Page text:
Predictions for the future of high-cost specialty drugs

April 25, 2016

IMS Health expert predicts future drug spending trends and ways to curb rising costs at the AMCP 2016 conference.

Doug Long, vice president, industry relations for IMS Health, kicked off Thursday morning, April 21, at the Academy of Managed Care & Specialty Pharmacy Annual Meeting 2016, with his presentation on marketplace trends, “Charting the Course for Change: Industry Update."

LongThe news is not good: U.S. spending on drugs increased 12.2% to $424.8 billion in 2015, spiking 46 billion over the past year due to higher brand spending and fewer patent expirations; however, spending on brands without exclusivity reduced growth by $14.2 billion in 2015.

On the positive side, net price growth slowed in 2015 to 2.8% as concessions from manufacturers rose sharply. Other metrics from 2015 include: Brands accounted for 11% of prescriptions but drove 73% of sales; prescriptions rose 1% in the last 12 months; diabetes, autoimmune diseases, hepatitis and oncology led the spending growth; specialty new brands continued to spur growth (up 21.5%); and Abilify, Celebrex and Nexium lost patent protection.

Long looked back at 2015 and pointed out the most notable events, which included exclusive launches and price wars for hepatitis C, the arrival of the first biosimilar, Zarxio, and of generic Nexium, rescheduling of controlled substances, the unforgettable price gouging by Valeant and Turing, and merger mania extending into 2016.

As far as specialty goes, 2015 brought more innovation to hepatitis C, along with the emergence of PD1s, PCSK9 inhibitors, orphan drugs, generic Copaxone and more orals, more copayment program cooperation by payers, the patient as payer and more value-driven metrics.

Long predicted that 2016 will continue along the same path with another biosimilar approved, a CMS ruling on Part B reimbursement, a new hepatitis entrant from Merck, new FDA/DEA guidelines on controlled substances, price discussions on orphan drugs and gene therapies and a more-crowded specialty space.

Long said that total prescriptions at chains are expected to far exceed market growth, while mail-order, long-term care and independent pharmacies are going to continue to decline through 2020, at which time, chains could consume a 45.8% share of the market.

Ninety-day prescriptions are becoming more common with chains, up 2% to 3% between 2016 and 2020; they are currently 14% of overall volume.

Next: Generic sales growth slows

 

 

Generics’ share of sales growth is slowing, dropping from 42% in 2011 to 8% in 2015; however, the number of total prescriptions for generics far outweighs those for brands, 83.4% and 16.6% respectively.

The U.S. healthcare system has saved $1.7 trillion in the last 10 years because of low-cost generics, $222 billion from antidepressants alone.

The end of patent exclusivity for Abilify and Nexium, helping to save $5 billion a week, along with a generic equivalent of Copaxone (Glatopa), played out in the market last year. During that time, generic price inflation ebbed, and Teva bought Actavis to take control of 20% of the generics market.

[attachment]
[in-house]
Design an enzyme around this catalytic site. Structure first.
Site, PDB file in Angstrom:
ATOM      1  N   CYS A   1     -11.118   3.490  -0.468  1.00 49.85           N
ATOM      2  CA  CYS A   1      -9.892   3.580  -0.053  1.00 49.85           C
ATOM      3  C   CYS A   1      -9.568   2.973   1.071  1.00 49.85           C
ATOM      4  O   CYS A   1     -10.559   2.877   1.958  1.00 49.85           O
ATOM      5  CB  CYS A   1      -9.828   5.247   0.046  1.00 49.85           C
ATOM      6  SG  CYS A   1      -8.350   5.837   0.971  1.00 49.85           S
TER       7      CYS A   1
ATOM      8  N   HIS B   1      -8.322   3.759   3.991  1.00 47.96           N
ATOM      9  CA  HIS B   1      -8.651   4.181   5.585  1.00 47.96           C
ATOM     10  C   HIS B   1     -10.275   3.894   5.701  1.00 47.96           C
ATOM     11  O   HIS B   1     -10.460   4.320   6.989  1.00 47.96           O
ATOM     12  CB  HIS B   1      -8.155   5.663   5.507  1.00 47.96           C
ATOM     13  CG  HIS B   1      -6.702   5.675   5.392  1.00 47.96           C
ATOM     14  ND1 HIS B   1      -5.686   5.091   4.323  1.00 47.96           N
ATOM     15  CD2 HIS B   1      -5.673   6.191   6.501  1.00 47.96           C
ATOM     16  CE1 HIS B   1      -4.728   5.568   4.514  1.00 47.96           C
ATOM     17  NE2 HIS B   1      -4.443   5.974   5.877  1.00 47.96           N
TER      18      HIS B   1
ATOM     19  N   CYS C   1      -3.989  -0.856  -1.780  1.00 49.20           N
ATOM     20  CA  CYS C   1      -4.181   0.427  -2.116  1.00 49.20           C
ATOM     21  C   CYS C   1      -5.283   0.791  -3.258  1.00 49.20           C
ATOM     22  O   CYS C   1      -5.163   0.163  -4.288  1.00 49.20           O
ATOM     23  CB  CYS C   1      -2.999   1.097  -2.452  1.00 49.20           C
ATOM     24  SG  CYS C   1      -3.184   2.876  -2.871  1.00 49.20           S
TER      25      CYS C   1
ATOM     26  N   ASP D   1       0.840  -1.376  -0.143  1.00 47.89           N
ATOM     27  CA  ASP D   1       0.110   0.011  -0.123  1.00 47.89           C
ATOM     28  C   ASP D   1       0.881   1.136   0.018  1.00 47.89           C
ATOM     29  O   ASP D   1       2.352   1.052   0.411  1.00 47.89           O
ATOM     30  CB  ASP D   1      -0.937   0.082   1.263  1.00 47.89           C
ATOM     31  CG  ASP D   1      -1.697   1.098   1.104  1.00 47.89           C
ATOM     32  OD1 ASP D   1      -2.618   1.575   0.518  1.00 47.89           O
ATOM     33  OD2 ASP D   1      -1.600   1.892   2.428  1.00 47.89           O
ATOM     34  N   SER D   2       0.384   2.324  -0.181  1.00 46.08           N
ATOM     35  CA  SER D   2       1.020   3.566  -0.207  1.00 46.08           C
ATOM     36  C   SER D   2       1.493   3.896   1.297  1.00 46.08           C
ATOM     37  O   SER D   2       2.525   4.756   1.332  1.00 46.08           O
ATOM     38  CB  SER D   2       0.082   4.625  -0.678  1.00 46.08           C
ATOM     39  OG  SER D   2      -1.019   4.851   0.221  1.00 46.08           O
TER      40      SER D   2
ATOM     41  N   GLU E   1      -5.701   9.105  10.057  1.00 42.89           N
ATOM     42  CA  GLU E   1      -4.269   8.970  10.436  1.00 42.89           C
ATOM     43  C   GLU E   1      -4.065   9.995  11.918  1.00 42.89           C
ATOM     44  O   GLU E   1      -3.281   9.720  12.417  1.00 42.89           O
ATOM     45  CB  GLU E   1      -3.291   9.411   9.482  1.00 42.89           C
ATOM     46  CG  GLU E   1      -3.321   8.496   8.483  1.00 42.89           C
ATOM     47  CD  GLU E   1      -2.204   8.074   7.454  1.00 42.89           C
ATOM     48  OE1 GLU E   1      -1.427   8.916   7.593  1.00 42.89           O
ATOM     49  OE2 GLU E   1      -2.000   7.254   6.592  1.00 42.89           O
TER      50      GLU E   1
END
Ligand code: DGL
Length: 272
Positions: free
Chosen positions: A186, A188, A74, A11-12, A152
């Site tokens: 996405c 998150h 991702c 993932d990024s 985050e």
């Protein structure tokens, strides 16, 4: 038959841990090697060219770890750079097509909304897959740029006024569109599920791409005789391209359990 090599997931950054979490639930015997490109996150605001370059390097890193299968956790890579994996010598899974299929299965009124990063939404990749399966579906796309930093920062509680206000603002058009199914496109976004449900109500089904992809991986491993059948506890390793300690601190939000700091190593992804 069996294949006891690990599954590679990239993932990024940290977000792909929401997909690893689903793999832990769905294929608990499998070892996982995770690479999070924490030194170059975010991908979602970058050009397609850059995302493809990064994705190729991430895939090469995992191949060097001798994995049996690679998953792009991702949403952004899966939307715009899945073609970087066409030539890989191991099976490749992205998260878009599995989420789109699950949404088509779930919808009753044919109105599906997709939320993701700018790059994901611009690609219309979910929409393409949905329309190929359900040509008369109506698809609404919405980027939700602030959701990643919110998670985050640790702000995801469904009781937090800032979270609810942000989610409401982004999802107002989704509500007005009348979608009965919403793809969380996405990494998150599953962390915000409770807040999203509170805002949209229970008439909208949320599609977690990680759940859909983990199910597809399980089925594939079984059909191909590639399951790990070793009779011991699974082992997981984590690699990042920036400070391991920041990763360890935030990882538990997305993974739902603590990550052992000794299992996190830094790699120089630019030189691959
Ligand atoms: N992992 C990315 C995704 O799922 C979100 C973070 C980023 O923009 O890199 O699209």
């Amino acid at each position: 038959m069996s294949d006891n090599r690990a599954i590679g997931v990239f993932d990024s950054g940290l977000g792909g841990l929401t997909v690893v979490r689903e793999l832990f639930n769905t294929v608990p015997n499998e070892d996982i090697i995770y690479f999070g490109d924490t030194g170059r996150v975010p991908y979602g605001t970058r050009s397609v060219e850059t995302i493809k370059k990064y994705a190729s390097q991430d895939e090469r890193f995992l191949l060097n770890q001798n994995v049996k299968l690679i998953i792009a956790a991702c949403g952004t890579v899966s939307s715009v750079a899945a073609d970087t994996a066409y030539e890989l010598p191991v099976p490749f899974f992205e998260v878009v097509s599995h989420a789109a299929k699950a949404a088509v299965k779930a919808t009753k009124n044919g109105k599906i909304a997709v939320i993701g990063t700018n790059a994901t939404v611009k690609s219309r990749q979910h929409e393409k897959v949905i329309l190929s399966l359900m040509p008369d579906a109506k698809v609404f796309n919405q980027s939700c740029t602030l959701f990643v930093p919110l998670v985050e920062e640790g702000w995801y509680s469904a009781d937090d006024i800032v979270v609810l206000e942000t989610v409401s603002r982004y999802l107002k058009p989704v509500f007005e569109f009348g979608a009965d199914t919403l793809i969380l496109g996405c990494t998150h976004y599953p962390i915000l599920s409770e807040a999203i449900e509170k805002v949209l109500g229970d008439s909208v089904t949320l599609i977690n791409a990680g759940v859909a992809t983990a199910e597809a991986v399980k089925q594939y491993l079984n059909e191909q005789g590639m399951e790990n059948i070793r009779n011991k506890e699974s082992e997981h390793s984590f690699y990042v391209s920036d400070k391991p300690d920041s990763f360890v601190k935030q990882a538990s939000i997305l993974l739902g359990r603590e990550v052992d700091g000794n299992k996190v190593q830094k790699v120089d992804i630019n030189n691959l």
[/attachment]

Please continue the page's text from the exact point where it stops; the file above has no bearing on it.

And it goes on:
This year thus far has seen the final rule for average manufacturer prices under the Affordable Care Act and approval of the launch of generic Gleevec, and awaits patent expirations for Crestor, Benicar and Zytiga; final guidance for approval standards for generic versions of tamper-resistant opioids and for biosimilar interchangeability; and negotiations completed for reauthorization of the generic drug user fee amendments of 2012 and the biosimilar user fee program. 2016 also has set its sights on approval of additional biosimilars.

Although Long expresses optimism for the arrival of more biosimilars, he outlines the challenges: Development costs on average of $200 million compared to regular generics topping out at $4 million. In addition, he points out that not only is there an uncertain regulatory framework, but manufacturers are hard pressed to justify the costs for a limited user population.

Moving ahead

Long jumped ahead to 2020, when according to IMS Health, U.S. spending on medicines will reach $610 to $640 billion on an invoice price basis, with steady mid-single digit growth. In addition, Long expects innovation to drive a transformation of disease treatments, including more than 470 drugs to treat orphan diseases; breakthrough therapies for hepatitis C and autoimmune, heart and orphan diseases; and cancer drugs as market leaders; the latter comprised one-third of all launches last year.  

He anticipates that specialty spending will eat up 35% of dollars for 1% to 2% of prescriptions; innovation around the diseases recounted above; near-term focus on hepatitis C, PCSK9s, PD1s and orphan drugs; tools for managing generics, biosimilars and the appropriate use of medications; targeting of appropriate patient populations; exclusive contracts; and more price negotiations.

Despite the high cost of new specialty drugs, there are opportunities to curb rising healthcare and drug costs, Long says, by reducing readmissions, proving timely treatment, optimizing the use of drugs and improving adherence. Failure to take medications as directed drives $260 billion in additional care costs.

“Tomorrow’s models will be built on alignment and cooperation,” Long concluded, “having moved from a fee-for-service model to managed care and integrated delivery systems and finally to population management.”

Mari Edlin is a frequent contributor to Managed Healthcare Executive. She is based in Sonoma, California.